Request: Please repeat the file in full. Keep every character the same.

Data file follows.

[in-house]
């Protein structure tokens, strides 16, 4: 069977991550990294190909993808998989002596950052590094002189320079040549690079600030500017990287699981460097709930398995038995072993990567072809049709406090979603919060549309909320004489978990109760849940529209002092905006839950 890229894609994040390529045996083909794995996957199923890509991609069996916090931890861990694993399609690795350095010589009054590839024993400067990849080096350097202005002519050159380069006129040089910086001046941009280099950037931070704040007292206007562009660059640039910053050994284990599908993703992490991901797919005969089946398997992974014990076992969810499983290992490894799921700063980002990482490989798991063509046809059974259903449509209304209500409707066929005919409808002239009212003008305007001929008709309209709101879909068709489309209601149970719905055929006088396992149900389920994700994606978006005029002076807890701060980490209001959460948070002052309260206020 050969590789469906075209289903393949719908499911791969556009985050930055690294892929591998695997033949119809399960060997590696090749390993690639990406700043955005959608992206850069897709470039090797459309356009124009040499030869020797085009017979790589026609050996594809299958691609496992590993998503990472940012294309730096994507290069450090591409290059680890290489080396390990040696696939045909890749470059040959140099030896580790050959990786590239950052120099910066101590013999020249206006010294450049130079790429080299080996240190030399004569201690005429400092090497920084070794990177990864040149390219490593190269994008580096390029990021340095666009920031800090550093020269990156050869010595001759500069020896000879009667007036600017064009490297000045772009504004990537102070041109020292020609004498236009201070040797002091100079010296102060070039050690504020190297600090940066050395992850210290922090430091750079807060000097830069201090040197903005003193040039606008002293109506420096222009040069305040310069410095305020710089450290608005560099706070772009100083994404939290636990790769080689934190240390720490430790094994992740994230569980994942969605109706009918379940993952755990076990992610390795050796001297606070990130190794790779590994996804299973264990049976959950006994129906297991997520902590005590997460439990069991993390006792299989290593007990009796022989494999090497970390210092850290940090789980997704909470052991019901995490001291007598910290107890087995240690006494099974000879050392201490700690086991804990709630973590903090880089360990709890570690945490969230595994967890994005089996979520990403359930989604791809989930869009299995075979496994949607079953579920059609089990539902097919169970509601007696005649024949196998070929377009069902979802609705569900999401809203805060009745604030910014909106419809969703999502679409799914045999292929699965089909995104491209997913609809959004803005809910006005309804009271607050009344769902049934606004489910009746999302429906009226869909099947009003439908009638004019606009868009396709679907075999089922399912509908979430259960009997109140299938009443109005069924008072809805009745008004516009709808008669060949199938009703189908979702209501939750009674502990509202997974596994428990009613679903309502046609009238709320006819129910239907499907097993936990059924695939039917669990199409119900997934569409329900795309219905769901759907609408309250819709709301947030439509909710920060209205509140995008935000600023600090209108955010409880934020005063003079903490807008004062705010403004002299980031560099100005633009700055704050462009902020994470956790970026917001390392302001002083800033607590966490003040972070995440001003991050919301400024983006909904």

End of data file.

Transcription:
[in-house]
């Protein structure tokens, strides 16, 4: 069977991550990294190909993808998989002596950052590094002189320079040549690079600030500017990287699981460097709930398995038995072993990567072809049709406090979603919060549309909320004489978990109760849940529209002092905006839950 890229894609994040390529045996083909794995996957199923890509991609069996916090931890861990694993399609690795350095010589009054590839024993400067990849080096350097202005002519050159380069006129040089910086001046941009280099950037931070704040007292206007562009660059640039910053050994284990599908993703992490991901797919005969089946398997992974014990076992969810499983290992490894799921700063980002990482490989798991063509046809059974259903449509209304209500409707066929005919409808002239009212003008305007001929008709309209709101879909068709489309209601149970719905055929006088396992149900389920994700994606978006005029002076807890701060980490209001959460948070002052309260206020 050969590789469906075209289903393949719908499911791969556009985050930055690294892929591998695997033949119809399960060997590696090749390993690639990406700043955005959608992206850069897709470039090797459309356009124009040499030869020797085009017979790589026609050996594809299958691609496992590993998503990472940012294309730096994507290069450090591409290059680890290489080396390990040696696939045909890749470059040959140099030896580790050959990786590239950052120099910066101590013999020249206006010294450049130079790429080299080996240190030399004569201690005429400092090497920084070794990177990864040149390219490593190269994008580096390029990021340095666009920031800090550093020269990156050869010595001759500069020896000879009667007036600017064009490297000045772009504004990537102070041109020292020609004498236009201070040797002091100079010296102060070039050690504020190297600090940066050395992850210290922090430091750079807060000097830069201090040197903005003193040039606008002293109506420096222009040069305040310069410095305020710089450290608005560099706070772009100083994404939290636990790769080689934190240390720490430790094994992740994230569980994942969605109706009918379940993952755990076990992610390795050796001297606070990130190794790779590994996804299973264990049976959950006994129906297991997520902590005590997460439990069991993390006792299989290593007990009796022989494999090497970390210092850290940090789980997704909470052991019901995490001291007598910290107890087995240690006494099974000879050392201490700690086991804990709630973590903090880089360990709890570690945490969230595994967890994005089996979520990403359930989604791809989930869009299995075979496994949607079953579920059609089990539902097919169970509601007696005649024949196998070929377009069902979802609705569900999401809203805060009745604030910014909106419809969703999502679409799914045999292929699965089909995104491209997913609809959004803005809910006005309804009271607050009344769902049934606004489910009746999302429906009226869909099947009003439908009638004019606009868009396709679907075999089922399912509908979430259960009997109140299938009443109005069924008072809805009745008004516009709808008669060949199938009703189908979702209501939750009674502990509202997974596994428990009613679903309502046609009238709320006819129910239907499907097993936990059924695939039917669990199409119900997934569409329900795309219905769901759907609408309250819709709301947030439509909710920060209205509140995008935000600023600090209108955010409880934020005063003079903490807008004062705010403004002299980031560099100005633009700055704050462009902020994470956790970026917001390392302001002083800033607590966490003040972070995440001003991050919301400024983006909904």